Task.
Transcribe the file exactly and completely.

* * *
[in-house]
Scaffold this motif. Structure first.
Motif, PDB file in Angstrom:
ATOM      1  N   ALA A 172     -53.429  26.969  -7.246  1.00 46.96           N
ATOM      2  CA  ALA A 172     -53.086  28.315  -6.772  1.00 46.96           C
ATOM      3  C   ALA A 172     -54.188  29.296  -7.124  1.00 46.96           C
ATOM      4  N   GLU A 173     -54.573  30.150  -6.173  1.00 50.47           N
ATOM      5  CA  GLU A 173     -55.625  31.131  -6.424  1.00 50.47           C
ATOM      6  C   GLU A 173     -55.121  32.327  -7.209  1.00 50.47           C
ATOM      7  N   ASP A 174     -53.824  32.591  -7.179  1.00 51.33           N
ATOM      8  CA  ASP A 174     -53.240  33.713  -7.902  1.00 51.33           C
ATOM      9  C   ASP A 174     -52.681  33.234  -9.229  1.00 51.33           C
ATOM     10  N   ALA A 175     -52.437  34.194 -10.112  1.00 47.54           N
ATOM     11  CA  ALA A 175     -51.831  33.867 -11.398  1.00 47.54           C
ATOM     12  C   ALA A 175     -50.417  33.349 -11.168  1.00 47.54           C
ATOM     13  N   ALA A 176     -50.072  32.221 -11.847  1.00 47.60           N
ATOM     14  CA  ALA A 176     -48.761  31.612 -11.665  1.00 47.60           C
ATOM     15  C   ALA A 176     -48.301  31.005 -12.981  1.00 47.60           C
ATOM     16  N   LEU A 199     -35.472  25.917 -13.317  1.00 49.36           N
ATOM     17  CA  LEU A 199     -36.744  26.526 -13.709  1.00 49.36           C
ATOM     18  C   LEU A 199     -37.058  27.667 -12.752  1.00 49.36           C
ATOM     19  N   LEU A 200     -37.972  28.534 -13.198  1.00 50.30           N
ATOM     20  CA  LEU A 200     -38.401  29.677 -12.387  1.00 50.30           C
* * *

[in-house]
Scaffold this motif. Structure first.
Motif, PDB file in Angstrom:
ATOM      1  N   ALA A 172     -53.429  26.969  -7.246  1.00 46.96           N
ATOM      2  CA  ALA A 172     -53.086  28.315  -6.772  1.00 46.96           C
ATOM      3  C   ALA A 172     -54.188  29.296  -7.124  1.00 46.96           C
ATOM      4  N   GLU A 173     -54.573  30.150  -6.173  1.00 50.47           N
ATOM      5  CA  GLU A 173     -55.625  31.131  -6.424  1.00 50.47           C
ATOM      6  C   GLU A 173     -55.121  32.327  -7.209  1.00 50.47           C
ATOM      7  N   ASP A 174     -53.824  32.591  -7.179  1.00 51.33           N
ATOM      8  CA  ASP A 174     -53.240  33.713  -7.902  1.00 51.33           C
ATOM      9  C   ASP A 174     -52.681  33.234  -9.229  1.00 51.33           C
ATOM     10  N   ALA A 175     -52.437  34.194 -10.112  1.00 47.54           N
ATOM     11  CA  ALA A 175     -51.831  33.867 -11.398  1.00 47.54           C
ATOM     12  C   ALA A 175     -50.417  33.349 -11.168  1.00 47.54           C
ATOM     13  N   ALA A 176     -50.072  32.221 -11.847  1.00 47.60           N
ATOM     14  CA  ALA A 176     -48.761  31.612 -11.665  1.00 47.60           C
ATOM     15  C   ALA A 176     -48.301  31.005 -12.981  1.00 47.60           C
ATOM     16  N   LEU A 199     -35.472  25.917 -13.317  1.00 49.36           N
ATOM     17  CA  LEU A 199     -36.744  26.526 -13.709  1.00 49.36           C
ATOM     18  C   LEU A 199     -37.058  27.667 -12.752  1.00 49.36           C
ATOM     19  N   LEU A 200     -37.972  28.534 -13.198  1.00 50.30           N
ATOM     20  CA  LEU A 200     -38.401  29.677 -12.387  1.00 50.30           C